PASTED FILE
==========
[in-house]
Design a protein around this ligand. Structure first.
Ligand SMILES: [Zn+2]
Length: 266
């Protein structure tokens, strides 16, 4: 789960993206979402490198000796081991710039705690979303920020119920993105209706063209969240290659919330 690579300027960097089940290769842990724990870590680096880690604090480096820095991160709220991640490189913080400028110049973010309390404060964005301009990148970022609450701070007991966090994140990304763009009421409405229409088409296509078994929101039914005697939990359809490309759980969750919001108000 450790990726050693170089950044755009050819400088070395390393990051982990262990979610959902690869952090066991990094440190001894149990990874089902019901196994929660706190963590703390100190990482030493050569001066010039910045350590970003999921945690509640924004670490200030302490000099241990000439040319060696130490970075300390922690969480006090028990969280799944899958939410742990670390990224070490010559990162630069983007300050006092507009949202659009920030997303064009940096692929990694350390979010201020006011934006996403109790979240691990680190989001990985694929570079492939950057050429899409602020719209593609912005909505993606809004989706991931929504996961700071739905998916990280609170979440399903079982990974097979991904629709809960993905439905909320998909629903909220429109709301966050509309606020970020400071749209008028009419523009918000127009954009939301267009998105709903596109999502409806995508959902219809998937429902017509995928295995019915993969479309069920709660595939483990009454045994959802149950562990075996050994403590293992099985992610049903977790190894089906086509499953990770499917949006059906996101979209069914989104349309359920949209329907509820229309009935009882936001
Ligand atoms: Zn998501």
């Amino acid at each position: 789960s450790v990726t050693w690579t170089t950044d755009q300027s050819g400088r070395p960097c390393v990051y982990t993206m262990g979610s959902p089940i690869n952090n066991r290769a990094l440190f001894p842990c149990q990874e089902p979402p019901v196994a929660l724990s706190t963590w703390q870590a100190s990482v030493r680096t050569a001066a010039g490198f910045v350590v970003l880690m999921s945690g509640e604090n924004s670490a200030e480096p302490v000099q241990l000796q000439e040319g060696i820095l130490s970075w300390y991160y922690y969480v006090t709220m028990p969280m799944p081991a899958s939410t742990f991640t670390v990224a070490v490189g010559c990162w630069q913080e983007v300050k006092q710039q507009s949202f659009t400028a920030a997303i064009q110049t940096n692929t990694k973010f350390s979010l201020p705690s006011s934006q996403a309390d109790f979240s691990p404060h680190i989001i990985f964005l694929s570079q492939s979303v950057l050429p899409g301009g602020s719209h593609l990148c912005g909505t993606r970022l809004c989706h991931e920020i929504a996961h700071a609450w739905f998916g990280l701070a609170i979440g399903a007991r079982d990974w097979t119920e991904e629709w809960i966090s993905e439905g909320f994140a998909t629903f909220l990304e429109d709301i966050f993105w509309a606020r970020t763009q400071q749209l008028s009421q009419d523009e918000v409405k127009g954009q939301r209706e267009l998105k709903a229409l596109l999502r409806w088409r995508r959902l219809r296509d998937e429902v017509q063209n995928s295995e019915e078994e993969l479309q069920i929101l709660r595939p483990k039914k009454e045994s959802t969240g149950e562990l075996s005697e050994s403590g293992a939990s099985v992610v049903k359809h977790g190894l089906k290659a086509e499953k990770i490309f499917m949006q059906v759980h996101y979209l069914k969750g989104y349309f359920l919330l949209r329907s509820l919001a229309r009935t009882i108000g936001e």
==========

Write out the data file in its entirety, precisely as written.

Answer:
[in-house]
Design a protein around this ligand. Structure first.
Ligand SMILES: [Zn+2]
Length: 266
């Protein structure tokens, strides 16, 4: 789960993206979402490198000796081991710039705690979303920020119920993105209706063209969240290659919330 690579300027960097089940290769842990724990870590680096880690604090480096820095991160709220991640490189913080400028110049973010309390404060964005301009990148970022609450701070007991966090994140990304763009009421409405229409088409296509078994929101039914005697939990359809490309759980969750919001108000 450790990726050693170089950044755009050819400088070395390393990051982990262990979610959902690869952090066991990094440190001894149990990874089902019901196994929660706190963590703390100190990482030493050569001066010039910045350590970003999921945690509640924004670490200030302490000099241990000439040319060696130490970075300390922690969480006090028990969280799944899958939410742990670390990224070490010559990162630069983007300050006092507009949202659009920030997303064009940096692929990694350390979010201020006011934006996403109790979240691990680190989001990985694929570079492939950057050429899409602020719209593609912005909505993606809004989706991931929504996961700071739905998916990280609170979440399903079982990974097979991904629709809960993905439905909320998909629903909220429109709301966050509309606020970020400071749209008028009419523009918000127009954009939301267009998105709903596109999502409806995508959902219809998937429902017509995928295995019915993969479309069920709660595939483990009454045994959802149950562990075996050994403590293992099985992610049903977790190894089906086509499953990770499917949006059906996101979209069914989104349309359920949209329907509820229309009935009882936001
Ligand atoms: Zn998501």
């Amino acid at each position: 789960s450790v990726t050693w690579t170089t950044d755009q300027s050819g400088r070395p960097c390393v990051y982990t993206m262990g979610s959902p089940i690869n952090n066991r290769a990094l440190f001894p842990c149990q990874e089902p979402p019901v196994a929660l724990s706190t963590w703390q870590a100190s990482v030493r680096t050569a001066a010039g490198f910045v350590v970003l880690m999921s945690g509640e604090n924004s670490a200030e480096p302490v000099q241990l000796q000439e040319g060696i820095l130490s970075w300390y991160y922690y969480v006090t709220m028990p969280m799944p081991a899958s939410t742990f991640t670390v990224a070490v490189g010559c990162w630069q913080e983007v300050k006092q710039q507009s949202f659009t400028a920030a997303i064009q110049t940096n692929t990694k973010f350390s979010l201020p705690s006011s934006q996403a309390d109790f979240s691990p404060h680190i989001i990985f964005l694929s570079q492939s979303v950057l050429p899409g301009g602020s719209h593609l990148c912005g909505t993606r970022l809004c989706h991931e920020i929504a996961h700071a609450w739905f998916g990280l701070a609170i979440g399903a007991r079982d990974w097979t119920e991904e629709w809960i966090s993905e439905g909320f994140a998909t629903f909220l990304e429109d709301i966050f993105w509309a606020r970020t763009q400071q749209l008028s009421q009419d523009e918000v409405k127009g954009q939301r209706e267009l998105k709903a229409l596109l999502r409806w088409r995508r959902l219809r296509d998937e429902v017509q063209n995928s295995e019915e078994e993969l479309q069920i929101l709660r595939p483990k039914k009454e045994s959802t969240g149950e562990l075996s005697e050994s403590g293992a939990s099985v992610v049903k359809h977790g190894l089906k290659a086509e499953k990770i490309f499917m949006q059906v759980h996101y979209l069914k969750g989104y349309f359920l919330l949209r329907s509820l919001a229309r009935t009882i108000g936001e």